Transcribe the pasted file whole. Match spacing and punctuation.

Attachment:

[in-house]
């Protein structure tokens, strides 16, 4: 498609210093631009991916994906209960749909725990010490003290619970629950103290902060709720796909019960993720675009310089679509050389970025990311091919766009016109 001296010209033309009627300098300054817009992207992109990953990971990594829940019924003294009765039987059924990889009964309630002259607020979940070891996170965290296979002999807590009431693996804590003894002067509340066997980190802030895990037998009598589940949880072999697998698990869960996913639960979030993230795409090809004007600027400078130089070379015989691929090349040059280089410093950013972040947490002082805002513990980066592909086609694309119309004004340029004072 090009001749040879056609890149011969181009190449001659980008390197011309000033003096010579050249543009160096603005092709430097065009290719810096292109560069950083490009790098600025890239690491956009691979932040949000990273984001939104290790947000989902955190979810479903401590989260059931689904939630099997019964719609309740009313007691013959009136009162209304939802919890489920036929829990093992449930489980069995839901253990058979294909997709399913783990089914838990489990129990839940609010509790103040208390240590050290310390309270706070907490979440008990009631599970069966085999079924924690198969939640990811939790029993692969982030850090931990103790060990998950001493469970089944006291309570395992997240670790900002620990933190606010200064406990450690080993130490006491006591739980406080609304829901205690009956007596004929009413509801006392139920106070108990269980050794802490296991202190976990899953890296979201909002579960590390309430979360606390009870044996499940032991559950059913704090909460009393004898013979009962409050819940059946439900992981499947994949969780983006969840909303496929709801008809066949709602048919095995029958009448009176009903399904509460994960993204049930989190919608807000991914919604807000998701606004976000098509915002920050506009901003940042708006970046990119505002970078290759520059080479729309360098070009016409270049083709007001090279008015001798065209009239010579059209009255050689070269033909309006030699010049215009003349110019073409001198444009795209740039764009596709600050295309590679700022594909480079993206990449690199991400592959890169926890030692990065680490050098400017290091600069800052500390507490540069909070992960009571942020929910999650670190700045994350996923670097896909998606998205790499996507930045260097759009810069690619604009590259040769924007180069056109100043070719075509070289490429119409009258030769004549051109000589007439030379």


[in-house]
């Protein structure tokens, strides 16, 4: 498609210093631009991916994906209960749909725990010490003290619970629950103290902060709720796909019960993720675009310089679509050389970025990311091919766009016109 001296010209033309009627300098300054817009992207992109990953990971990594829940019924003294009765039987059924990889009964309630002259607020979940070891996170965290296979002999807590009431693996804590003894002067509340066997980190802030895990037998009598589940949880072999697998698990869960996913639960979030993230795409090809004007600027400078130089070379015989691929090349040059280089410093950013972040947490002082805002513990980066592909086609694309119309004004340029004072 090009001749040879056609890149011969181009190449001659980008390197011309000033003096010579050249543009160096603005092709430097065009290719810096292109560069950083490009790098600025890239690491956009691979932040949000990273984001939104290790947000989902955190979810479903401590989260059931689904939630099997019964719609309740009313007691013959009136009162209304939802919890489920036929829990093992449930489980069995839901253990058979294909997709399913783990089914838990489990129990839940609010509790103040208390240590050290310390309270706070907490979440008990009631599970069966085999079924924690198969939640990811939790029993692969982030850090931990103790060990998950001493469970089944006291309570395992997240670790900002620990933190606010200064406990450690080993130490006491006591739980406080609304829901205690009956007596004929009413509801006392139920106070108990269980050794802490296991202190976990899953890296979201909002579960590390309430979360606390009870044996499940032991559950059913704090909460009393004898013979009962409050819940059946439900992981499947994949969780983006969840909303496929709801008809066949709602048919095995029958009448009176009903399904509460994960993204049930989190919608807000991914919604807000998701606004976000098509915002920050506009901003940042708006970046990119505002970078290759520059080479729309360098070009016409270049083709007001090279008015001798065209009239010579059209009255050689070269033909309006030699010049215009003349110019073409001198444009795209740039764009596709600050295309590679700022594909480079993206990449690199991400592959890169926890030692990065680490050098400017290091600069800052500390507490540069909070992960009571942020929910999650670190700045994350996923670097896909998606998205790499996507930045260097759009810069690619604009590259040769924007180069056109100043070719075509070289490429119409009258030769004549051109000589007439030379």